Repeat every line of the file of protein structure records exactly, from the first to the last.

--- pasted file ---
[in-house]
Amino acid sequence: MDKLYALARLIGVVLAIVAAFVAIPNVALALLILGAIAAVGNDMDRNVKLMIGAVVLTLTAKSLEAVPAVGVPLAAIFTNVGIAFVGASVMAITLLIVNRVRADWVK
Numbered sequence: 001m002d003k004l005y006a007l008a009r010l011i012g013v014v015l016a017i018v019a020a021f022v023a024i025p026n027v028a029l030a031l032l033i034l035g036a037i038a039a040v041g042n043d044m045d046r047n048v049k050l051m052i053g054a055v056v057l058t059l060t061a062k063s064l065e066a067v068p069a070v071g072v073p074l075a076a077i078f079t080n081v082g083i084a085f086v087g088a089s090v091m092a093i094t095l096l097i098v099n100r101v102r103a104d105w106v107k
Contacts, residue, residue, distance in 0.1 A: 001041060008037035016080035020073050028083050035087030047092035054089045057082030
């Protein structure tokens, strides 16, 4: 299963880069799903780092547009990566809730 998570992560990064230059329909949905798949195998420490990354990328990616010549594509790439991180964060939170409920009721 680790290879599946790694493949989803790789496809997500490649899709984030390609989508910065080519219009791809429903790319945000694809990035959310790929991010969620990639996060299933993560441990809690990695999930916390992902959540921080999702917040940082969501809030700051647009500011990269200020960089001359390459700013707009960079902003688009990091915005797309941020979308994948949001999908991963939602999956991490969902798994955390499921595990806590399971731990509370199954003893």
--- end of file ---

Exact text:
[in-house]
Amino acid sequence: MDKLYALARLIGVVLAIVAAFVAIPNVALALLILGAIAAVGNDMDRNVKLMIGAVVLTLTAKSLEAVPAVGVPLAAIFTNVGIAFVGASVMAITLLIVNRVRADWVK
Numbered sequence: 001m002d003k004l005y006a007l008a009r010l011i012g013v014v015l016a017i018v019a020a021f022v023a024i025p026n027v028a029l030a031l032l033i034l035g036a037i038a039a040v041g042n043d044m045d046r047n048v049k050l051m052i053g054a055v056v057l058t059l060t061a062k063s064l065e066a067v068p069a070v071g072v073p074l075a076a077i078f079t080n081v082g083i084a085f086v087g088a089s090v091m092a093i094t095l096l097i098v099n100r101v102r103a104d105w106v107k
Contacts, residue, residue, distance in 0.1 A: 001041060008037035016080035020073050028083050035087030047092035054089045057082030
């Protein structure tokens, strides 16, 4: 299963880069799903780092547009990566809730 998570992560990064230059329909949905798949195998420490990354990328990616010549594509790439991180964060939170409920009721 680790290879599946790694493949989803790789496809997500490649899709984030390609989508910065080519219009791809429903790319945000694809990035959310790929991010969620990639996060299933993560441990809690990695999930916390992902959540921080999702917040940082969501809030700051647009500011990269200020960089001359390459700013707009960079902003688009990091915005797309941020979308994948949001999908991963939602999956991490969902798994955390499921595990806590399971731990509370199954003893």